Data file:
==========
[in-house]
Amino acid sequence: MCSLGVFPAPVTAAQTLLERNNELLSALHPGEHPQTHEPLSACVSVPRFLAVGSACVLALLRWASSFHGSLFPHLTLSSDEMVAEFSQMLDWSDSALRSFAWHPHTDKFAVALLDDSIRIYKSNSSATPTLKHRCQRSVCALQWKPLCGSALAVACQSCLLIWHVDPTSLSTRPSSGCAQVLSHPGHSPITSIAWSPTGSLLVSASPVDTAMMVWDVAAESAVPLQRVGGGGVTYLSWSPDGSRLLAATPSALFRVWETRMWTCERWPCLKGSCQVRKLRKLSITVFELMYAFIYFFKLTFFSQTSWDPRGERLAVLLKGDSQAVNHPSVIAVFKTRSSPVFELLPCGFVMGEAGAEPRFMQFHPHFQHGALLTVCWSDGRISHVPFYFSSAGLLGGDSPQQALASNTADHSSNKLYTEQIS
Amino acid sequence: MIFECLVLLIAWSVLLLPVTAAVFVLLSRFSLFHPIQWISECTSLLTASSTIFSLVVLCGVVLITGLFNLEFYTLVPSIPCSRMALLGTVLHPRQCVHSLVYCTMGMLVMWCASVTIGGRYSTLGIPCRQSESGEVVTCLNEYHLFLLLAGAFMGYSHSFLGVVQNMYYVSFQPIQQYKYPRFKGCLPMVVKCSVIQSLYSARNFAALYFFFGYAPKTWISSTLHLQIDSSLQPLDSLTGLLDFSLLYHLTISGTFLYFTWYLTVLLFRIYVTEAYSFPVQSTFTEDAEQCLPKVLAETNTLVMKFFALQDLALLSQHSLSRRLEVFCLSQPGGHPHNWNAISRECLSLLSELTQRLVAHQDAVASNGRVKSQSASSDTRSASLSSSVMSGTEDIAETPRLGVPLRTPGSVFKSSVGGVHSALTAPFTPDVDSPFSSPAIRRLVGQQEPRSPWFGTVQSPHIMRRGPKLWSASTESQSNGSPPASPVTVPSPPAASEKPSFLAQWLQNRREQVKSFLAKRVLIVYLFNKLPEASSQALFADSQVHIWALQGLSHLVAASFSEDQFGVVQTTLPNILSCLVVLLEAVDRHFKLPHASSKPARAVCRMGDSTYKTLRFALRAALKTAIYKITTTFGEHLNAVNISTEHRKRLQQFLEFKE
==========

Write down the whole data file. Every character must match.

[in-house]
Amino acid sequence: MCSLGVFPAPVTAAQTLLERNNELLSALHPGEHPQTHEPLSACVSVPRFLAVGSACVLALLRWASSFHGSLFPHLTLSSDEMVAEFSQMLDWSDSALRSFAWHPHTDKFAVALLDDSIRIYKSNSSATPTLKHRCQRSVCALQWKPLCGSALAVACQSCLLIWHVDPTSLSTRPSSGCAQVLSHPGHSPITSIAWSPTGSLLVSASPVDTAMMVWDVAAESAVPLQRVGGGGVTYLSWSPDGSRLLAATPSALFRVWETRMWTCERWPCLKGSCQVRKLRKLSITVFELMYAFIYFFKLTFFSQTSWDPRGERLAVLLKGDSQAVNHPSVIAVFKTRSSPVFELLPCGFVMGEAGAEPRFMQFHPHFQHGALLTVCWSDGRISHVPFYFSSAGLLGGDSPQQALASNTADHSSNKLYTEQIS
Amino acid sequence: MIFECLVLLIAWSVLLLPVTAAVFVLLSRFSLFHPIQWISECTSLLTASSTIFSLVVLCGVVLITGLFNLEFYTLVPSIPCSRMALLGTVLHPRQCVHSLVYCTMGMLVMWCASVTIGGRYSTLGIPCRQSESGEVVTCLNEYHLFLLLAGAFMGYSHSFLGVVQNMYYVSFQPIQQYKYPRFKGCLPMVVKCSVIQSLYSARNFAALYFFFGYAPKTWISSTLHLQIDSSLQPLDSLTGLLDFSLLYHLTISGTFLYFTWYLTVLLFRIYVTEAYSFPVQSTFTEDAEQCLPKVLAETNTLVMKFFALQDLALLSQHSLSRRLEVFCLSQPGGHPHNWNAISRECLSLLSELTQRLVAHQDAVASNGRVKSQSASSDTRSASLSSSVMSGTEDIAETPRLGVPLRTPGSVFKSSVGGVHSALTAPFTPDVDSPFSSPAIRRLVGQQEPRSPWFGTVQSPHIMRRGPKLWSASTESQSNGSPPASPVTVPSPPAASEKPSFLAQWLQNRREQVKSFLAKRVLIVYLFNKLPEASSQALFADSQVHIWALQGLSHLVAASFSEDQFGVVQTTLPNILSCLVVLLEAVDRHFKLPHASSKPARAVCRMGDSTYKTLRFALRAALKTAIYKITTTFGEHLNAVNISTEHRKRLQQFLEFKE